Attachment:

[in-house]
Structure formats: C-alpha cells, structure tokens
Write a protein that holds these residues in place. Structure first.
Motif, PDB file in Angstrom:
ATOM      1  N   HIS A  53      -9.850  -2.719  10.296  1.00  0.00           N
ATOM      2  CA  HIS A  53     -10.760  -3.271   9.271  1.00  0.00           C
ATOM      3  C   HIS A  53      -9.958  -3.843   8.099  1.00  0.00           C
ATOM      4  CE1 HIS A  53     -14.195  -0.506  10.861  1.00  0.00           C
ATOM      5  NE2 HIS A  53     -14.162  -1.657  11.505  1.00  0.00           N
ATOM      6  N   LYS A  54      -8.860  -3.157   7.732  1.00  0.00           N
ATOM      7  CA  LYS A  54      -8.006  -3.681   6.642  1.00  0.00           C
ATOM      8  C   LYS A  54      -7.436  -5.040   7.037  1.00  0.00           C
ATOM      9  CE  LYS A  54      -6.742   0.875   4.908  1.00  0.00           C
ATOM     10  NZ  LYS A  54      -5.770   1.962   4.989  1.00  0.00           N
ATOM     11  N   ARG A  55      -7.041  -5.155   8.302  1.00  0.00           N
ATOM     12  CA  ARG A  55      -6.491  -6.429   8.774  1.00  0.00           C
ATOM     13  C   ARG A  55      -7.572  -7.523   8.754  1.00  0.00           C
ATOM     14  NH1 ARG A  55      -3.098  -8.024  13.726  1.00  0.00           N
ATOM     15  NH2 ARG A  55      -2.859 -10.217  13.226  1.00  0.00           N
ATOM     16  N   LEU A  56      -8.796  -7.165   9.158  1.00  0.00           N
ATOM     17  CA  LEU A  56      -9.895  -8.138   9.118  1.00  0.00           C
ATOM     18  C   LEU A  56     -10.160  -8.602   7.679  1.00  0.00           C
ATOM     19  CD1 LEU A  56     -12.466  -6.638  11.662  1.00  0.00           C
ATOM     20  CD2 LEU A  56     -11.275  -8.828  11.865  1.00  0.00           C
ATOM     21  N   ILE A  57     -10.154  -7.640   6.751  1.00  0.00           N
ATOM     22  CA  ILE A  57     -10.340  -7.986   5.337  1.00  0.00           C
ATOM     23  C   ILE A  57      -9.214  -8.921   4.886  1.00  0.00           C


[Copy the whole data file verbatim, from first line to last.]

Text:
[in-house]
Structure formats: C-alpha cells, structure tokens
Write a protein that holds these residues in place. Structure first.
Motif, PDB file in Angstrom:
ATOM      1  N   HIS A  53      -9.850  -2.719  10.296  1.00  0.00           N
ATOM      2  CA  HIS A  53     -10.760  -3.271   9.271  1.00  0.00           C
ATOM      3  C   HIS A  53      -9.958  -3.843   8.099  1.00  0.00           C
ATOM      4  CE1 HIS A  53     -14.195  -0.506  10.861  1.00  0.00           C
ATOM      5  NE2 HIS A  53     -14.162  -1.657  11.505  1.00  0.00           N
ATOM      6  N   LYS A  54      -8.860  -3.157   7.732  1.00  0.00           N
ATOM      7  CA  LYS A  54      -8.006  -3.681   6.642  1.00  0.00           C
ATOM      8  C   LYS A  54      -7.436  -5.040   7.037  1.00  0.00           C
ATOM      9  CE  LYS A  54      -6.742   0.875   4.908  1.00  0.00           C
ATOM     10  NZ  LYS A  54      -5.770   1.962   4.989  1.00  0.00           N
ATOM     11  N   ARG A  55      -7.041  -5.155   8.302  1.00  0.00           N
ATOM     12  CA  ARG A  55      -6.491  -6.429   8.774  1.00  0.00           C
ATOM     13  C   ARG A  55      -7.572  -7.523   8.754  1.00  0.00           C
ATOM     14  NH1 ARG A  55      -3.098  -8.024  13.726  1.00  0.00           N
ATOM     15  NH2 ARG A  55      -2.859 -10.217  13.226  1.00  0.00           N
ATOM     16  N   LEU A  56      -8.796  -7.165   9.158  1.00  0.00           N
ATOM     17  CA  LEU A  56      -9.895  -8.138   9.118  1.00  0.00           C
ATOM     18  C   LEU A  56     -10.160  -8.602   7.679  1.00  0.00           C
ATOM     19  CD1 LEU A  56     -12.466  -6.638  11.662  1.00  0.00           C
ATOM     20  CD2 LEU A  56     -11.275  -8.828  11.865  1.00  0.00           C
ATOM     21  N   ILE A  57     -10.154  -7.640   6.751  1.00  0.00           N
ATOM     22  CA  ILE A  57     -10.340  -7.986   5.337  1.00  0.00           C
ATOM     23  C   ILE A  57      -9.214  -8.921   4.886  1.00  0.00           C